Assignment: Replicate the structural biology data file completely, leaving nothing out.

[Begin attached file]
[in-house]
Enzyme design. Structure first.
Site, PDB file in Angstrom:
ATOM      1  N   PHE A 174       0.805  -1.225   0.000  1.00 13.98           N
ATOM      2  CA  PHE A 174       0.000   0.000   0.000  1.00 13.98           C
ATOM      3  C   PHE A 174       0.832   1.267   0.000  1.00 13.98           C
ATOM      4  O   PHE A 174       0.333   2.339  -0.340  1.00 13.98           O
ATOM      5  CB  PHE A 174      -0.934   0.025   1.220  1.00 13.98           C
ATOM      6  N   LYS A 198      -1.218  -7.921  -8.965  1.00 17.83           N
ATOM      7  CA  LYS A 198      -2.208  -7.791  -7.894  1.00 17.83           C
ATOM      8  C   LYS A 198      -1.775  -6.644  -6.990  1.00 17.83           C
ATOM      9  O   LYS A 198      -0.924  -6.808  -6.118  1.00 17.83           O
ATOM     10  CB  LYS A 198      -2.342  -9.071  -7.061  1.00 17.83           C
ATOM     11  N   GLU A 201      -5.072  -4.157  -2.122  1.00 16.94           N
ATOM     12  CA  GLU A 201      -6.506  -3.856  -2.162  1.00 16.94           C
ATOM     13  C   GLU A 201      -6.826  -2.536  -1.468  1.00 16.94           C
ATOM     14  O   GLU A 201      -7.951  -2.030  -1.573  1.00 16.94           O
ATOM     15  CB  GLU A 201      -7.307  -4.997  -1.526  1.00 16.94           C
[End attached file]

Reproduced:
[in-house]
Enzyme design. Structure first.
Site, PDB file in Angstrom:
ATOM      1  N   PHE A 174       0.805  -1.225   0.000  1.00 13.98           N
ATOM      2  CA  PHE A 174       0.000   0.000   0.000  1.00 13.98           C
ATOM      3  C   PHE A 174       0.832   1.267   0.000  1.00 13.98           C
ATOM      4  O   PHE A 174       0.333   2.339  -0.340  1.00 13.98           O
ATOM      5  CB  PHE A 174      -0.934   0.025   1.220  1.00 13.98           C
ATOM      6  N   LYS A 198      -1.218  -7.921  -8.965  1.00 17.83           N
ATOM      7  CA  LYS A 198      -2.208  -7.791  -7.894  1.00 17.83           C
ATOM      8  C   LYS A 198      -1.775  -6.644  -6.990  1.00 17.83           C
ATOM      9  O   LYS A 198      -0.924  -6.808  -6.118  1.00 17.83           O
ATOM     10  CB  LYS A 198      -2.342  -9.071  -7.061  1.00 17.83           C
ATOM     11  N   GLU A 201      -5.072  -4.157  -2.122  1.00 16.94           N
ATOM     12  CA  GLU A 201      -6.506  -3.856  -2.162  1.00 16.94           C
ATOM     13  C   GLU A 201      -6.826  -2.536  -1.468  1.00 16.94           C
ATOM     14  O   GLU A 201      -7.951  -2.030  -1.573  1.00 16.94           O
ATOM     15  CB  GLU A 201      -7.307  -4.997  -1.526  1.00 16.94           C